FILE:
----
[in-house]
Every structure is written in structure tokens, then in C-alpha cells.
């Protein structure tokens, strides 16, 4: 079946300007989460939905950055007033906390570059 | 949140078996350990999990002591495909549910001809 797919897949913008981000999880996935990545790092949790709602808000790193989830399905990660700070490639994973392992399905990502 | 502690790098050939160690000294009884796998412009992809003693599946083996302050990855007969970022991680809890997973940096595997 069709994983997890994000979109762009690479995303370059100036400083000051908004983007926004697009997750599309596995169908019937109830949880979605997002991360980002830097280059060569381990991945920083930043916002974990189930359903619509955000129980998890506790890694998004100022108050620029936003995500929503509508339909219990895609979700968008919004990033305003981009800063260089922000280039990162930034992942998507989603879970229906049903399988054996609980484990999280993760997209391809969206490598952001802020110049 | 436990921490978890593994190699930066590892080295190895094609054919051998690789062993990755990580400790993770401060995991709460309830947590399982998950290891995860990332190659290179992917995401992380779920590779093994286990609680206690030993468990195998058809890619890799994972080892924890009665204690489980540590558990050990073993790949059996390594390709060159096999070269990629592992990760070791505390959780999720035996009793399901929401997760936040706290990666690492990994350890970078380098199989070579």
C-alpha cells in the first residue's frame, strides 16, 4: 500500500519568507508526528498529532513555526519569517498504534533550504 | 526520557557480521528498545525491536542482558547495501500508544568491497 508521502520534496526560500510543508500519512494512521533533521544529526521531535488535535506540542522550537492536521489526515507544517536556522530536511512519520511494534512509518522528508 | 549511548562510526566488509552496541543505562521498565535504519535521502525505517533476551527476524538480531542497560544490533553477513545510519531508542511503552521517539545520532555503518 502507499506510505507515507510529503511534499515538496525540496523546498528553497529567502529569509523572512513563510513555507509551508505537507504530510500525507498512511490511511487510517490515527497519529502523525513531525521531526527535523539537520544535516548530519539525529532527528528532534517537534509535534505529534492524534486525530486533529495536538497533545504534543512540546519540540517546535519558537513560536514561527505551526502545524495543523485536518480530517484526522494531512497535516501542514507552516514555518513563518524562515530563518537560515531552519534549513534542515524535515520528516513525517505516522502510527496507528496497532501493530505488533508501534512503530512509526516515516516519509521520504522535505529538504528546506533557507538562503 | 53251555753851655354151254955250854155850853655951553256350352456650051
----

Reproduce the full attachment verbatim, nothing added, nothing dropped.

[in-house]
Every structure is written in structure tokens, then in C-alpha cells.
């Protein structure tokens, strides 16, 4: 079946300007989460939905950055007033906390570059 | 949140078996350990999990002591495909549910001809 797919897949913008981000999880996935990545790092949790709602808000790193989830399905990660700070490639994973392992399905990502 | 502690790098050939160690000294009884796998412009992809003693599946083996302050990855007969970022991680809890997973940096595997 069709994983997890994000979109762009690479995303370059100036400083000051908004983007926004697009997750599309596995169908019937109830949880979605997002991360980002830097280059060569381990991945920083930043916002974990189930359903619509955000129980998890506790890694998004100022108050620029936003995500929503509508339909219990895609979700968008919004990033305003981009800063260089922000280039990162930034992942998507989603879970229906049903399988054996609980484990999280993760997209391809969206490598952001802020110049 | 436990921490978890593994190699930066590892080295190895094609054919051998690789062993990755990580400790993770401060995991709460309830947590399982998950290891995860990332190659290179992917995401992380779920590779093994286990609680206690030993468990195998058809890619890799994972080892924890009665204690489980540590558990050990073993790949059996390594390709060159096999070269990629592992990760070791505390959780999720035996009793399901929401997760936040706290990666690492990994350890970078380098199989070579």
C-alpha cells in the first residue's frame, strides 16, 4: 500500500519568507508526528498529532513555526519569517498504534533550504 | 526520557557480521528498545525491536542482558547495501500508544568491497 508521502520534496526560500510543508500519512494512521533533521544529526521531535488535535506540542522550537492536521489526515507544517536556522530536511512519520511494534512509518522528508 | 549511548562510526566488509552496541543505562521498565535504519535521502525505517533476551527476524538480531542497560544490533553477513545510519531508542511503552521517539545520532555503518 502507499506510505507515507510529503511534499515538496525540496523546498528553497529567502529569509523572512513563510513555507509551508505537507504530510500525507498512511490511511487510517490515527497519529502523525513531525521531526527535523539537520544535516548530519539525529532527528528532534517537534509535534505529534492524534486525530486533529495536538497533545504534543512540546519540540517546535519558537513560536514561527505551526502545524495543523485536518480530517484526522494531512497535516501542514507552516514555518513563518524562515530563518537560515531552519534549513534542515524535515520528516513525517505516522502510527496507528496497532501493530505488533508501534512503530512509526516515516516519509521520504522535505529538504528546506533557507538562503 | 53251555753851655354151254955250854155850853655951553256350352456650051